What about “daring” in our faith? Hmmmm. That sounds like we might be asking for guidance in what our faith really is. We are blessed with so much from our parish family and our worship together. We have a feeling of belonging; a feeling of being in a safe place; a comfort in the liturgy that we come to know so well. Also a chance to talk to others who have their own version of faith, and a respect for the opinions of others – and of our own opinions. A chance to serve and be overwhelmed with the feeling of blessedness we get from that service.
All this should make us “daring” as we explore our own faith. Because as Fr. Mike reminds us at the Eucharist – Jesus invites us all who have much faith and those who have little, and those who want more.
In this prayer we admit we are a little excited and a little anxious about all this inward examination. Do not be anxious. God is leading us, and therein lies the way to salvation. And it is the way to this transition – because as we say here – our God is a God of deep compassion, always present with us – and of abounding love. How can we not trust that we are being led down the right path? We are being blessed in this endeavor – we cannot fail if we trust in God.
And so we are thankful for those blessings. We acknowledge the gifts we have been given – the talents and skills – not just our own but of all those around us. And the more people who participate in this process of transition – the more blessings we must count.
Are we thankful for the experiences that have brought us to this moment? Of course we are – but some of them have been easier to recognize as blessing than others. I want us to give thanks for the blessings we remember – but I also want us to examine the experiences we may not have recognized as blessings. Was it a blessing that our old church burned down many years ago? I think we can look at our history as a parish family – either one year back or many – and find a blessing that arose from almost any experience. It just takes a little imagination – and a turning to God in thankful prayer for our blessings of every type.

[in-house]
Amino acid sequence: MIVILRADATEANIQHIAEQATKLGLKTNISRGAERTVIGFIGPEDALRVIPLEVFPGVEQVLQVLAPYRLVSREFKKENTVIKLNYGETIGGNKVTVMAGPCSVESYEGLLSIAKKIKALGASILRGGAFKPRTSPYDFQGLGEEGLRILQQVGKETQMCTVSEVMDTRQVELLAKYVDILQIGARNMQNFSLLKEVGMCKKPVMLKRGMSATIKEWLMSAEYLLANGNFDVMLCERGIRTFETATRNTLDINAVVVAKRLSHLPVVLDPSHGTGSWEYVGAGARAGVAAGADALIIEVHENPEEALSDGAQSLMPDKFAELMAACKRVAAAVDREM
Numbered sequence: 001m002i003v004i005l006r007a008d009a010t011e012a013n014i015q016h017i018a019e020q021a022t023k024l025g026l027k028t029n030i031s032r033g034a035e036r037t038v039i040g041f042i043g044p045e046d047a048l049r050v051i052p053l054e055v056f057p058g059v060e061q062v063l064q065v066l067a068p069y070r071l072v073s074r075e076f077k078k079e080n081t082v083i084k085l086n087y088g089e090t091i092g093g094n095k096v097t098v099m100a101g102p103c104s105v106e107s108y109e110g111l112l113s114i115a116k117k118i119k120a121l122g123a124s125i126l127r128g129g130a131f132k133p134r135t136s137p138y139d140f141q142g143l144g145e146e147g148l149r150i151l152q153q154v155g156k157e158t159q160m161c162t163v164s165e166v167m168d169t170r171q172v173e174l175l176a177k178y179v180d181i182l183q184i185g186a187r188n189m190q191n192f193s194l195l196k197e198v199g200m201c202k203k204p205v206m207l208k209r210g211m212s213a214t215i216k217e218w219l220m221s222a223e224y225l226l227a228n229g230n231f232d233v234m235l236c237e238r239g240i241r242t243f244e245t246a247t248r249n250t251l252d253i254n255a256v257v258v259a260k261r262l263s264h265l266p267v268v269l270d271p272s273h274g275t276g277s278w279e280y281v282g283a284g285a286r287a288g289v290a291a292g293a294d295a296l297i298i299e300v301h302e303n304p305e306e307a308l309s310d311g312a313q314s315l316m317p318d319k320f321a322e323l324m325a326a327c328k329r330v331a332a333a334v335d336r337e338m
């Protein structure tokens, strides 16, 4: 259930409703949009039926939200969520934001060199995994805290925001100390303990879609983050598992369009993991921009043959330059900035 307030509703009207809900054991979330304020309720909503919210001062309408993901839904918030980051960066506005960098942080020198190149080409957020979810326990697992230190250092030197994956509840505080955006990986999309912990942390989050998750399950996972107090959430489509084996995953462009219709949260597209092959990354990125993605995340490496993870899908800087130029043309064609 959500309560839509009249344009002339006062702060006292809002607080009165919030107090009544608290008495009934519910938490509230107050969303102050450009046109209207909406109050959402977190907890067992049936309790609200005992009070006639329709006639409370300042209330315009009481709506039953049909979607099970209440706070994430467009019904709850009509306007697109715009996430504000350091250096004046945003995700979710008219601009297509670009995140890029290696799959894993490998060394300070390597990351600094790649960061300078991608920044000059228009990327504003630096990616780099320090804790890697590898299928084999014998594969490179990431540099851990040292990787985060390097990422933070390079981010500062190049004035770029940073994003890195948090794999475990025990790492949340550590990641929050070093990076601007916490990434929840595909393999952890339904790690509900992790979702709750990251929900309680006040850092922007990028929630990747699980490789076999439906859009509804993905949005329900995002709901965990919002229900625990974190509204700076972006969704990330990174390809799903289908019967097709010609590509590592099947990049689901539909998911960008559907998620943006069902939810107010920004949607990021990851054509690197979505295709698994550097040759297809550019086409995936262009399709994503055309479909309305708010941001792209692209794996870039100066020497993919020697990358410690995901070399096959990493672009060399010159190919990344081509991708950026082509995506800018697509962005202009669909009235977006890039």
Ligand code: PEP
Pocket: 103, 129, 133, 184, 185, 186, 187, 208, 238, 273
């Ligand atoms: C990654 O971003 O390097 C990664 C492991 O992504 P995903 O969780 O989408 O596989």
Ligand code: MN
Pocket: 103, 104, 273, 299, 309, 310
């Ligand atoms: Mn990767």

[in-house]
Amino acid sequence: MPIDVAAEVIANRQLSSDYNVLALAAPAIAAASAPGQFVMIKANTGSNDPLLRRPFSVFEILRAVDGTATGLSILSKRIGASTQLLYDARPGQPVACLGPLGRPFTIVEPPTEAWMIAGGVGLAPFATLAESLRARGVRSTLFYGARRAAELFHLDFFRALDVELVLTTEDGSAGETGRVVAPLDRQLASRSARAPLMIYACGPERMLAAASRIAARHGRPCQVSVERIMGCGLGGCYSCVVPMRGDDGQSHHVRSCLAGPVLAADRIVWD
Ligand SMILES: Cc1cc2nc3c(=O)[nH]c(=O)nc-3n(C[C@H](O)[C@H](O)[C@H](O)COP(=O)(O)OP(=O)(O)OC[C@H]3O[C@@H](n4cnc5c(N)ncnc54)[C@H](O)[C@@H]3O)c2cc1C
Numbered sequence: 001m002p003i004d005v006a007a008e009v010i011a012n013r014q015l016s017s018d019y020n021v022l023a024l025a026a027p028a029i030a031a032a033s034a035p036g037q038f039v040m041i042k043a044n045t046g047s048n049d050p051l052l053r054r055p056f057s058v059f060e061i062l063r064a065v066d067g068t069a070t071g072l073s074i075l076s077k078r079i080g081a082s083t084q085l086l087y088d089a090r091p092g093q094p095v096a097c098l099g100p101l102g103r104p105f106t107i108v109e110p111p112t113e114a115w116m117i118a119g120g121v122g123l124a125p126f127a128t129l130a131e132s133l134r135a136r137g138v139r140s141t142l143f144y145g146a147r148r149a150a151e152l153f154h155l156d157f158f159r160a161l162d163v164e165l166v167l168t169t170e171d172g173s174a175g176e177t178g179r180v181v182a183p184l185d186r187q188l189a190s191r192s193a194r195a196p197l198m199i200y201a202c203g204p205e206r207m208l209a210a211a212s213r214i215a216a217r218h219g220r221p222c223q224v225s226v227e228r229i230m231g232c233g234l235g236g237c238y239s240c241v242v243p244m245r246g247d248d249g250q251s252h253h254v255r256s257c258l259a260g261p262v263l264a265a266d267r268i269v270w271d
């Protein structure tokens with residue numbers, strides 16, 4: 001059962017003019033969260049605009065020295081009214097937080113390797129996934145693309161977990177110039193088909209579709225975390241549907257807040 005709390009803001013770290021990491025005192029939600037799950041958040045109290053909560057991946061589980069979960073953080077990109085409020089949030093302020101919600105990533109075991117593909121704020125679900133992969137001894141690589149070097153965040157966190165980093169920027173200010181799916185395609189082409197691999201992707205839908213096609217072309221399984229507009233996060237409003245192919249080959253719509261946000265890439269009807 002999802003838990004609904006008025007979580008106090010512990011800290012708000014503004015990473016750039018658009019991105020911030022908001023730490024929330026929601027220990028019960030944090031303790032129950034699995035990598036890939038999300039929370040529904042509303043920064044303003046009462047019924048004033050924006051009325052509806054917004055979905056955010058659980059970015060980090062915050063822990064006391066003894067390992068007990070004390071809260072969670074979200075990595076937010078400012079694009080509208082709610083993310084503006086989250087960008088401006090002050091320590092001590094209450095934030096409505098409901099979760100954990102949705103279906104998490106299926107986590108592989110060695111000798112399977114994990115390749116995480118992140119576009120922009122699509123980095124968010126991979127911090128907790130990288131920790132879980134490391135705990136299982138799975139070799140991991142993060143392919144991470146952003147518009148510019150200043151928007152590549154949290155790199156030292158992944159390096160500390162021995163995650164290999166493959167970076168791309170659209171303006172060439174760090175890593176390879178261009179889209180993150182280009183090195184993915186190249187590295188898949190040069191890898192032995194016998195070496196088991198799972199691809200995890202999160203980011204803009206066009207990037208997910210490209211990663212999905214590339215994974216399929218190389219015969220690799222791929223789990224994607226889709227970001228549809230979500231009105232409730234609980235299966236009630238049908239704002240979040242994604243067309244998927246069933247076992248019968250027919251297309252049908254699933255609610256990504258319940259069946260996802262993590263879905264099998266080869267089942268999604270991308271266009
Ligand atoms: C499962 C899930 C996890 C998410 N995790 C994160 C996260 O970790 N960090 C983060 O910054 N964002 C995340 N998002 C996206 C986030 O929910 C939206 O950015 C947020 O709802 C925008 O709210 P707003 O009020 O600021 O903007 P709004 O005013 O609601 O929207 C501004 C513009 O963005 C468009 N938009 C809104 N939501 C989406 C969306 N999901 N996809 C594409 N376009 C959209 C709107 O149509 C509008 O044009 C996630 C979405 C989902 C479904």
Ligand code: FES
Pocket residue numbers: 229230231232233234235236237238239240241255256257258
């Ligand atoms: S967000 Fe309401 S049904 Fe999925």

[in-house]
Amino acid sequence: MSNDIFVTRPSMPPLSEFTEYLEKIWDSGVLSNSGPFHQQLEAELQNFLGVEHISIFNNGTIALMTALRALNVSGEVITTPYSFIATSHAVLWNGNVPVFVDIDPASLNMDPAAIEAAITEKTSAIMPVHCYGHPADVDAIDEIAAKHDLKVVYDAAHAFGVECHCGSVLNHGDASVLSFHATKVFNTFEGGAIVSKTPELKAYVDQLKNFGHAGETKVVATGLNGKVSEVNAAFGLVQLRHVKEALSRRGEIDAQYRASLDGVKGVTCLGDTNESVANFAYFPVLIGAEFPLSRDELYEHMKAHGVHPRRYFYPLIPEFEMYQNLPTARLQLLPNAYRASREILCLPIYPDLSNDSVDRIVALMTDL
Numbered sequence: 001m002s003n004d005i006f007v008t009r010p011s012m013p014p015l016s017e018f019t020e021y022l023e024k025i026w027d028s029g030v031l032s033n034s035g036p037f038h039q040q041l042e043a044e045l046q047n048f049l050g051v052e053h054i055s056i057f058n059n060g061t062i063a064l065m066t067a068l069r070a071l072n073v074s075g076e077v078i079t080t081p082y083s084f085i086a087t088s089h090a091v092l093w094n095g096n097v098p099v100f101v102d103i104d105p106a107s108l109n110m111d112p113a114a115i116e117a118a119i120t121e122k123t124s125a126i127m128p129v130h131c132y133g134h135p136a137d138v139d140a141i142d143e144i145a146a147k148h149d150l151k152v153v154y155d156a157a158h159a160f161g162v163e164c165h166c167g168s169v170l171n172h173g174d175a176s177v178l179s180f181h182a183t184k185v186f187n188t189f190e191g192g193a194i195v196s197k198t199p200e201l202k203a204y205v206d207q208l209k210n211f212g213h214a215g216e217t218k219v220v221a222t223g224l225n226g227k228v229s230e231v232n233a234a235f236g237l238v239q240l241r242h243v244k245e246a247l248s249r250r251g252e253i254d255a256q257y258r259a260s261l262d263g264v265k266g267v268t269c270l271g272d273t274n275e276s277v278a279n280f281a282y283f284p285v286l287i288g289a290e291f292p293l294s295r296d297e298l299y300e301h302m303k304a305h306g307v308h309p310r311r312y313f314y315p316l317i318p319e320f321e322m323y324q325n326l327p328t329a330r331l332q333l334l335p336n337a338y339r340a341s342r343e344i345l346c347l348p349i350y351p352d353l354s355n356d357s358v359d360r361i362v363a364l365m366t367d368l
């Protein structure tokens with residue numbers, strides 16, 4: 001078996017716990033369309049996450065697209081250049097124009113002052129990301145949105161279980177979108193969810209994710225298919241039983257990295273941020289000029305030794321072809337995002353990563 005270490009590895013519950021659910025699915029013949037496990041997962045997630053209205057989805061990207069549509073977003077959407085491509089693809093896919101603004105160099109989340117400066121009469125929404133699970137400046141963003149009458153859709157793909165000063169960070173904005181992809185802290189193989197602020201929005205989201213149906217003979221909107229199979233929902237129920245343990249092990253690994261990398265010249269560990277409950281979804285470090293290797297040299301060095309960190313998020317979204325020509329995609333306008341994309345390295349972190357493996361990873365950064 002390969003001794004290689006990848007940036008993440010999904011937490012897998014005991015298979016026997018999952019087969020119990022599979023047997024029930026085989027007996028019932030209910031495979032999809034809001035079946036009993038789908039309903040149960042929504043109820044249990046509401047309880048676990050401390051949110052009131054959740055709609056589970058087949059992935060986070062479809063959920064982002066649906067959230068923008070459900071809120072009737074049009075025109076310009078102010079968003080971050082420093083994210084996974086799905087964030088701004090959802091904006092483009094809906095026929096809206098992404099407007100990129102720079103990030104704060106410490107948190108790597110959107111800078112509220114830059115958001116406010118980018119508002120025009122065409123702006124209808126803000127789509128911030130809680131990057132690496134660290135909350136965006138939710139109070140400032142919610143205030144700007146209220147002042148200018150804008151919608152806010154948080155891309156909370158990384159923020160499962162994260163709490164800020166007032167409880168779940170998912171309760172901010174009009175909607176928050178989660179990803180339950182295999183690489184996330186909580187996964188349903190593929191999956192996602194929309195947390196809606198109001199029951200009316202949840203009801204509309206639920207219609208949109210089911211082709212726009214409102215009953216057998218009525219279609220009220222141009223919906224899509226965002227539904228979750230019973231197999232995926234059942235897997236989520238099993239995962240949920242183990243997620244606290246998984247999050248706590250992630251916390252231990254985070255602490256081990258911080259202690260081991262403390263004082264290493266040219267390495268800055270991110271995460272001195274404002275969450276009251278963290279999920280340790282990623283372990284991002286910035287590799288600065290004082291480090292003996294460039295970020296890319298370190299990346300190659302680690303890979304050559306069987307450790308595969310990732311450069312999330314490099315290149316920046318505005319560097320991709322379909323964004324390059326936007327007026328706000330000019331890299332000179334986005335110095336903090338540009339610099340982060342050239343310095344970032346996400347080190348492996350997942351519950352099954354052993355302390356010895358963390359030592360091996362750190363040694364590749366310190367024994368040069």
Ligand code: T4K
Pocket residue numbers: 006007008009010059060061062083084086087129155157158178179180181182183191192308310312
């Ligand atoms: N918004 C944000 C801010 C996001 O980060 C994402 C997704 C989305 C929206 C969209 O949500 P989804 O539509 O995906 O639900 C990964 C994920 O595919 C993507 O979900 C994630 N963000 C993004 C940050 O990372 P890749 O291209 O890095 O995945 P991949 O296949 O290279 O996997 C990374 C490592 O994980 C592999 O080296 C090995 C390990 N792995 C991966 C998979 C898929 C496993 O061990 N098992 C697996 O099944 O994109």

Lastly, we ask God to be with us as we move forward – as we know that God surely will be. If we rejoice in the power and the fruits of the Holy Spirit and support one another as Christ has taught us – we cannot fail. We are empowered by his love, and we are upheld by the love we share with each other in this time of transition. We pray together, we laugh and cry together, we share our blessings with each other and the world, and that is what in the final analysis makes us followers of Christ and Episcopalians in the way we go about shining our light into the world.